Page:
Utilitarianism makes a lot of intuitive sense as an ethical system. It is difficult to argue for ethics based on virtue, contracts, or hard and fast rules if those approaches will compel us to condone suffering. It is unsurprising, therefore, that consequentialist reasoning is often invoked to argue for the moral necessity of a vegan diet. The argument is simple: If it is good to minimize the suffering of humans, and animals have the same capacity to suffer as humans, then there is no reason why we should not act to minimize the suffering of animals as well. Since farming animals is likely to make them suffer and certain to kill them at some point, it is necessary for the sake of reducing suffering that we refrain from consuming the products of animal farming.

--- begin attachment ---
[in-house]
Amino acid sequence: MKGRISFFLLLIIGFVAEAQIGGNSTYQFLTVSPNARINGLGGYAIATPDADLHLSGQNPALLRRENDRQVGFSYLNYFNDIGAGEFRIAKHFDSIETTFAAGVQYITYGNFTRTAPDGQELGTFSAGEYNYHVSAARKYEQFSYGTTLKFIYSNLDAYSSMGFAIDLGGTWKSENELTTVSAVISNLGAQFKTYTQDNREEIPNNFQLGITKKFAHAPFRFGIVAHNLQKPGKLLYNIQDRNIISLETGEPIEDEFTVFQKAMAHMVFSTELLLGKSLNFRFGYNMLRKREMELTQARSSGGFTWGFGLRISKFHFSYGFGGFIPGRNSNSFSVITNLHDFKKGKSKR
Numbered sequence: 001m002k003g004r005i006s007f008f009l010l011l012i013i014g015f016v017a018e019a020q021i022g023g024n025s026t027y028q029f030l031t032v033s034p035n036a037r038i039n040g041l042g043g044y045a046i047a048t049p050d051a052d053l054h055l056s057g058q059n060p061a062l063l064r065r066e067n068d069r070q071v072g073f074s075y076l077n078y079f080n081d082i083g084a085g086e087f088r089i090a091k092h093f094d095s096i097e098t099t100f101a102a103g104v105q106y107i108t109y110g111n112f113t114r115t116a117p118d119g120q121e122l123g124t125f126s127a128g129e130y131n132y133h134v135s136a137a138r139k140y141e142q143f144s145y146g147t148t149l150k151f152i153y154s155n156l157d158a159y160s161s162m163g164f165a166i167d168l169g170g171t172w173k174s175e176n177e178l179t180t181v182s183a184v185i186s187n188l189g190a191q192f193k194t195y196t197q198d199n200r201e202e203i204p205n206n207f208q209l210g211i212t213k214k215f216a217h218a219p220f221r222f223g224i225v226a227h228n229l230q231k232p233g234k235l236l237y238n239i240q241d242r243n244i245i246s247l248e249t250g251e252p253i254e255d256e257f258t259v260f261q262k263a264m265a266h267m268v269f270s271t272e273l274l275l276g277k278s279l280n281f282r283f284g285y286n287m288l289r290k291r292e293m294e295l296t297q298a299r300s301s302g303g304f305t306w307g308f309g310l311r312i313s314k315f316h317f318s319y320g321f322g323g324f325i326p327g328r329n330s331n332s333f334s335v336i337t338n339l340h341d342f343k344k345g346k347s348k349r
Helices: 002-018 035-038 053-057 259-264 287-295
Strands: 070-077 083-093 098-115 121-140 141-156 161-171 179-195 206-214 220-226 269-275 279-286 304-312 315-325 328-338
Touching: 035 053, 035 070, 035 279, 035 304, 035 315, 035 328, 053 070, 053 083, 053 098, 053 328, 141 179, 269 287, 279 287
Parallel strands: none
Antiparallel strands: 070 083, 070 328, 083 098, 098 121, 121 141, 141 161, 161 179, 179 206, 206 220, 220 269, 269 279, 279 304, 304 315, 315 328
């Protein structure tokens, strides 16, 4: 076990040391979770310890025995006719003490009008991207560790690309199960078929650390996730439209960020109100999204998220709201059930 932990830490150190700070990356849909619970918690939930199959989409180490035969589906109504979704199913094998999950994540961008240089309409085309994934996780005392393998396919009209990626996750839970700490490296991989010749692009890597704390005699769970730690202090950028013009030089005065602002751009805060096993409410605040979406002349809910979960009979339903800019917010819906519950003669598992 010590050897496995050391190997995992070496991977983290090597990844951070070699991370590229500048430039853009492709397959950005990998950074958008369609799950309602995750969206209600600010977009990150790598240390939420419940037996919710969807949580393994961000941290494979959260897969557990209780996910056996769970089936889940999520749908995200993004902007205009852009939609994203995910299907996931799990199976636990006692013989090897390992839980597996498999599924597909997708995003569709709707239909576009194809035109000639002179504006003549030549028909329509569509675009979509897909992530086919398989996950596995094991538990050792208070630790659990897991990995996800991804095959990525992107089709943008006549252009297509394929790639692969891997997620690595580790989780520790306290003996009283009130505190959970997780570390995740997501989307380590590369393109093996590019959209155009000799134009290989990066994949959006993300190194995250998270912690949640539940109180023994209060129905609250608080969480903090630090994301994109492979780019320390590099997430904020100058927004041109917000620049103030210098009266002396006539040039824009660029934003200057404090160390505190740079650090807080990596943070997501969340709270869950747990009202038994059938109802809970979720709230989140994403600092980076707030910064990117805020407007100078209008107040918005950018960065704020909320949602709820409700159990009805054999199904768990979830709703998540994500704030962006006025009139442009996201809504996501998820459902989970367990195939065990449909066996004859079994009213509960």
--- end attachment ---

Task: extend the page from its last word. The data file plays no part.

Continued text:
My question for vegans is this: Why stop at domesticated animals? Many wild animals live in conditions of atrocious suffering, even when compared with the treatment of animals on factory farms. Sea turtle hatchlings, for example, rarely live long enough to actually see the ocean, as the vast majority of them are eaten by predators before they make it down the beach. Large grazing mammals usually end their lives with a terrifying chase followed by being torn apart-often while still alive-by wolves, lions, or other predators. The predators, meanwhile, live in a world in which there is nowhere near enough food to go around, and are at constant risk of death by starvation. Compared to the fates of many wild animals, a quick death in a slaughterhouse seems downright merciful. Why, then, should the utilitarian logic of veganism not apply to the case of wild animals? Why should humans not intervene in natural ecosystems to reduce this suffering? The fact that we are responsible for breeding and keeping our livestock might appear to us as a compelling reason to save a pig but not a deer, but I imagine that it would look like a pretty hollow argument from the deer’s perspective.